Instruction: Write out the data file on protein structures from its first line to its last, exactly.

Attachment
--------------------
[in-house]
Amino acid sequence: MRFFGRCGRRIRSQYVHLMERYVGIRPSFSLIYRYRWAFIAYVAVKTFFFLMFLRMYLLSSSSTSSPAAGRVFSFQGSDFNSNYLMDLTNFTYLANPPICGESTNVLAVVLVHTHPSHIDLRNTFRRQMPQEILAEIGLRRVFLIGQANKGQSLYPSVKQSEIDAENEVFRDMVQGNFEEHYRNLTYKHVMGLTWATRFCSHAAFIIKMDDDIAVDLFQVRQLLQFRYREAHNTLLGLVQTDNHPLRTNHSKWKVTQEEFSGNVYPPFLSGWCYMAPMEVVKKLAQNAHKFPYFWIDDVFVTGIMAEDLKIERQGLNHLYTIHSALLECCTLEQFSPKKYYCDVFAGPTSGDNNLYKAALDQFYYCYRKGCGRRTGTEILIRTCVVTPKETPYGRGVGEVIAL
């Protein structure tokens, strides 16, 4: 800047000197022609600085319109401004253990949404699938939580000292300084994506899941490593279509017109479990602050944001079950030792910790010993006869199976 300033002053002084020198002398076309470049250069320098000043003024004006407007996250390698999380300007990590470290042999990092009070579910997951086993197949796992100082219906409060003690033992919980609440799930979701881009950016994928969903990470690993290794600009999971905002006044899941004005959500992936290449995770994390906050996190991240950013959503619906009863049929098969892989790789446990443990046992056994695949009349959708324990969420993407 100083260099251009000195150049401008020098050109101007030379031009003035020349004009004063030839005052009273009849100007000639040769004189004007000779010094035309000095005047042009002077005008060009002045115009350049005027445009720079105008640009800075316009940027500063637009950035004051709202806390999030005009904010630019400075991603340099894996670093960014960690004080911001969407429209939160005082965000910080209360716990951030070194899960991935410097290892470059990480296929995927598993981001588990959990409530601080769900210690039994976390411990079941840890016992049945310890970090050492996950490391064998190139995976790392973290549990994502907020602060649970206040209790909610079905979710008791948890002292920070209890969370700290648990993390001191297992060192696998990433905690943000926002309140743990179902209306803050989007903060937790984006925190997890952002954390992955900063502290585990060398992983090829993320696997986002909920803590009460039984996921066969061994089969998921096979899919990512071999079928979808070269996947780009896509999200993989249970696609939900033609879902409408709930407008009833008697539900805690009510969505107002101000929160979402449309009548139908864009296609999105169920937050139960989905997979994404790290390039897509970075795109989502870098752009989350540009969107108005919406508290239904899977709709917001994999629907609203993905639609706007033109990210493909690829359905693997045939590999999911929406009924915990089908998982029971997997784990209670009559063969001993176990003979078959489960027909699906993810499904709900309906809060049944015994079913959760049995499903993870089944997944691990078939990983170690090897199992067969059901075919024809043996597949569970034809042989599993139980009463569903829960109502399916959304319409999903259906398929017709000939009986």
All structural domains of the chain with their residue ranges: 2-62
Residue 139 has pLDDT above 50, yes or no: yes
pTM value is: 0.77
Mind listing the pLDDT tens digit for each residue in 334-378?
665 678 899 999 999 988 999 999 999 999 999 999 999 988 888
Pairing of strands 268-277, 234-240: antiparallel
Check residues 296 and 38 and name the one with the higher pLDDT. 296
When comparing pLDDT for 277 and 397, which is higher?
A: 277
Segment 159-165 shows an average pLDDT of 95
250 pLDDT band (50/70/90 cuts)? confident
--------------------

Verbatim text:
[in-house]
Amino acid sequence: MRFFGRCGRRIRSQYVHLMERYVGIRPSFSLIYRYRWAFIAYVAVKTFFFLMFLRMYLLSSSSTSSPAAGRVFSFQGSDFNSNYLMDLTNFTYLANPPICGESTNVLAVVLVHTHPSHIDLRNTFRRQMPQEILAEIGLRRVFLIGQANKGQSLYPSVKQSEIDAENEVFRDMVQGNFEEHYRNLTYKHVMGLTWATRFCSHAAFIIKMDDDIAVDLFQVRQLLQFRYREAHNTLLGLVQTDNHPLRTNHSKWKVTQEEFSGNVYPPFLSGWCYMAPMEVVKKLAQNAHKFPYFWIDDVFVTGIMAEDLKIERQGLNHLYTIHSALLECCTLEQFSPKKYYCDVFAGPTSGDNNLYKAALDQFYYCYRKGCGRRTGTEILIRTCVVTPKETPYGRGVGEVIAL
């Protein structure tokens, strides 16, 4: 800047000197022609600085319109401004253990949404699938939580000292300084994506899941490593279509017109479990602050944001079950030792910790010993006869199976 300033002053002084020198002398076309470049250069320098000043003024004006407007996250390698999380300007990590470290042999990092009070579910997951086993197949796992100082219906409060003690033992919980609440799930979701881009950016994928969903990470690993290794600009999971905002006044899941004005959500992936290449995770994390906050996190991240950013959503619906009863049929098969892989790789446990443990046992056994695949009349959708324990969420993407 100083260099251009000195150049401008020098050109101007030379031009003035020349004009004063030839005052009273009849100007000639040769004189004007000779010094035309000095005047042009002077005008060009002045115009350049005027445009720079105008640009800075316009940027500063637009950035004051709202806390999030005009904010630019400075991603340099894996670093960014960690004080911001969407429209939160005082965000910080209360716990951030070194899960991935410097290892470059990480296929995927598993981001588990959990409530601080769900210690039994976390411990079941840890016992049945310890970090050492996950490391064998190139995976790392973290549990994502907020602060649970206040209790909610079905979710008791948890002292920070209890969370700290648990993390001191297992060192696998990433905690943000926002309140743990179902209306803050989007903060937790984006925190997890952002954390992955900063502290585990060398992983090829993320696997986002909920803590009460039984996921066969061994089969998921096979899919990512071999079928979808070269996947780009896509999200993989249970696609939900033609879902409408709930407008009833008697539900805690009510969505107002101000929160979402449309009548139908864009296609999105169920937050139960989905997979994404790290390039897509970075795109989502870098752009989350540009969107108005919406508290239904899977709709917001994999629907609203993905639609706007033109990210493909690829359905693997045939590999999911929406009924915990089908998982029971997997784990209670009559063969001993176990003979078959489960027909699906993810499904709900309906809060049944015994079913959760049995499903993870089944997944691990078939990983170690090897199992067969059901075919024809043996597949569970034809042989599993139980009463569903829960109502399916959304319409999903259906398929017709000939009986």
All structural domains of the chain with their residue ranges: 2-62
Residue 139 has pLDDT above 50, yes or no: yes
pTM value is: 0.77
Mind listing the pLDDT tens digit for each residue in 334-378?
665 678 899 999 999 988 999 999 999 999 999 999 999 988 888
Pairing of strands 268-277, 234-240: antiparallel
Check residues 296 and 38 and name the one with the higher pLDDT. 296
When comparing pLDDT for 277 and 397, which is higher?
A: 277
Segment 159-165 shows an average pLDDT of 95
250 pLDDT band (50/70/90 cuts)? confident